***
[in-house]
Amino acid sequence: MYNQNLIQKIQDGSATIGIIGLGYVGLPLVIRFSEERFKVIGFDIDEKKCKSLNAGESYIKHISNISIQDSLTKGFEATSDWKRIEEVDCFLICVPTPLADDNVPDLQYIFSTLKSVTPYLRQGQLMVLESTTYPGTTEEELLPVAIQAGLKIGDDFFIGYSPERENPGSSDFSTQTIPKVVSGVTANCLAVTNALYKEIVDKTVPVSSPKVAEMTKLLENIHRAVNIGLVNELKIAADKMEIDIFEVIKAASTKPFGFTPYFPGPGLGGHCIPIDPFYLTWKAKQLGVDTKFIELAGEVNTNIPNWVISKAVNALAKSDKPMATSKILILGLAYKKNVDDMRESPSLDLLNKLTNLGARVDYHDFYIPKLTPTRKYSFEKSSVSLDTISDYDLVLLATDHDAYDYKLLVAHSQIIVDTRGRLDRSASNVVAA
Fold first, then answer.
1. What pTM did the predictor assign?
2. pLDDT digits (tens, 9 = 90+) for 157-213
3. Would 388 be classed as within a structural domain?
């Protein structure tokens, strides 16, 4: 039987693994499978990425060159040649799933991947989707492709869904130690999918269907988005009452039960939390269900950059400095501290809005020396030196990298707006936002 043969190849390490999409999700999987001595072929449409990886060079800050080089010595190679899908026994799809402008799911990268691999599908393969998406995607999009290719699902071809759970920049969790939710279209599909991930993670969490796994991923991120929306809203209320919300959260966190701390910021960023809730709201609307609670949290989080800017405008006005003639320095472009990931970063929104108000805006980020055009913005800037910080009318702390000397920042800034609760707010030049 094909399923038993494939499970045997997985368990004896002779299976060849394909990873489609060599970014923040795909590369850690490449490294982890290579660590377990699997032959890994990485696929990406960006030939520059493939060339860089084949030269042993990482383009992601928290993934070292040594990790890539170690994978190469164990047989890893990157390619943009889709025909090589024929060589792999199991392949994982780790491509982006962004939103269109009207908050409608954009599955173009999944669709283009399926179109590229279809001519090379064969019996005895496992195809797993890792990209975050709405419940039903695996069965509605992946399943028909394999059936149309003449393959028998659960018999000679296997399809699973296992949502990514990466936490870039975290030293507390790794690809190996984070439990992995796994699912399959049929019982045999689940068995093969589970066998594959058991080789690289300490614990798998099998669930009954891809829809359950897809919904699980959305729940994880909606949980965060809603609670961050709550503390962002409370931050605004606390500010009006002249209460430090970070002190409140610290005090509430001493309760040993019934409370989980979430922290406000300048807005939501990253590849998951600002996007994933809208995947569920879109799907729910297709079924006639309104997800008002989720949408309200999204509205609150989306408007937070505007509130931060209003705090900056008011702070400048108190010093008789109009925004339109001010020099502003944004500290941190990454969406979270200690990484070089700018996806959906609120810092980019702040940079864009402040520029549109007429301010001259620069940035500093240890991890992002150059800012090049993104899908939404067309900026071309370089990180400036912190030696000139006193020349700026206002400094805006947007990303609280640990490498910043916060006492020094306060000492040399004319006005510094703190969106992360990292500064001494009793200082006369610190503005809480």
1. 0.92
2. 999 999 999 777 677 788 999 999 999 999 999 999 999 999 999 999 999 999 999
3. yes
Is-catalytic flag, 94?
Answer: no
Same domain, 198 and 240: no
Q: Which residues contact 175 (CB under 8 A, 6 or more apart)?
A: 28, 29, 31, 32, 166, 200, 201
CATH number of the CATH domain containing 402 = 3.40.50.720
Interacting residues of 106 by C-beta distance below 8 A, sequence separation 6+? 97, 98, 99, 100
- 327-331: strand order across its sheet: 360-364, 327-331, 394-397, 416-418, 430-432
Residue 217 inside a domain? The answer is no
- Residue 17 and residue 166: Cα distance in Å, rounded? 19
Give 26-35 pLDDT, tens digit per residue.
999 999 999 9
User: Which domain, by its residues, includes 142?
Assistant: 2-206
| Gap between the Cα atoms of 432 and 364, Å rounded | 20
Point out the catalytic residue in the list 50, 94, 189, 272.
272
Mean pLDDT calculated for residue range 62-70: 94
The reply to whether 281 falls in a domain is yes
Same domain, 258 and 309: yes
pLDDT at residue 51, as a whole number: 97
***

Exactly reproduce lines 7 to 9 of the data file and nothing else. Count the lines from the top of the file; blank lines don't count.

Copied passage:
């Protein structure tokens, strides 16, 4: 039987693994499978990425060159040649799933991947989707492709869904130690999918269907988005009452039960939390269900950059400095501290809005020396030196990298707006936002 043969190849390490999409999700999987001595072929449409990886060079800050080089010595190679899908026994799809402008799911990268691999599908393969998406995607999009290719699902071809759970920049969790939710279209599909991930993670969490796994991923991120929306809203209320919300959260966190701390910021960023809730709201609307609670949290989080800017405008006005003639320095472009990931970063929104108000805006980020055009913005800037910080009318702390000397920042800034609760707010030049 094909399923038993494939499970045997997985368990004896002779299976060849394909990873489609060599970014923040795909590369850690490449490294982890290579660590377990699997032959890994990485696929990406960006030939520059493939060339860089084949030269042993990482383009992601928290993934070292040594990790890539170690994978190469164990047989890893990157390619943009889709025909090589024929060589792999199991392949994982780790491509982006962004939103269109009207908050409608954009599955173009999944669709283009399926179109590229279809001519090379064969019996005895496992195809797993890792990209975050709405419940039903695996069965509605992946399943028909394999059936149309003449393959028998659960018999000679296997399809699973296992949502990514990466936490870039975290030293507390790794690809190996984070439990992995796994699912399959049929019982045999689940068995093969589970066998594959058991080789690289300490614990798998099998669930009954891809829809359950897809919904699980959305729940994880909606949980965060809603609670961050709550503390962002409370931050605004606390500010009006002249209460430090970070002190409140610290005090509430001493309760040993019934409370989980979430922290406000300048807005939501990253590849998951600002996007994933809208995947569920879109799907729910297709079924006639309104997800008002989720949408309200999204509205609150989306408007937070505007509130931060209003705090900056008011702070400048108190010093008789109009925004339109001010020099502003944004500290941190990454969406979270200690990484070089700018996806959906609120810092980019702040940079864009402040520029549109007429301010001259620069940035500093240890991890992002150059800012090049993104899908939404067309900026071309370089990180400036912190030696000139006193020349700026206002400094805006947007990303609280640990490498910043916060006492020094306060000492040399004319006005510094703190969106992360990292500064001494009793200082006369610190503005809480």
1. 0.92
2. 999 999 999 777 677 788 999 999 999 999 999 999 999 999 999 999 999 999 999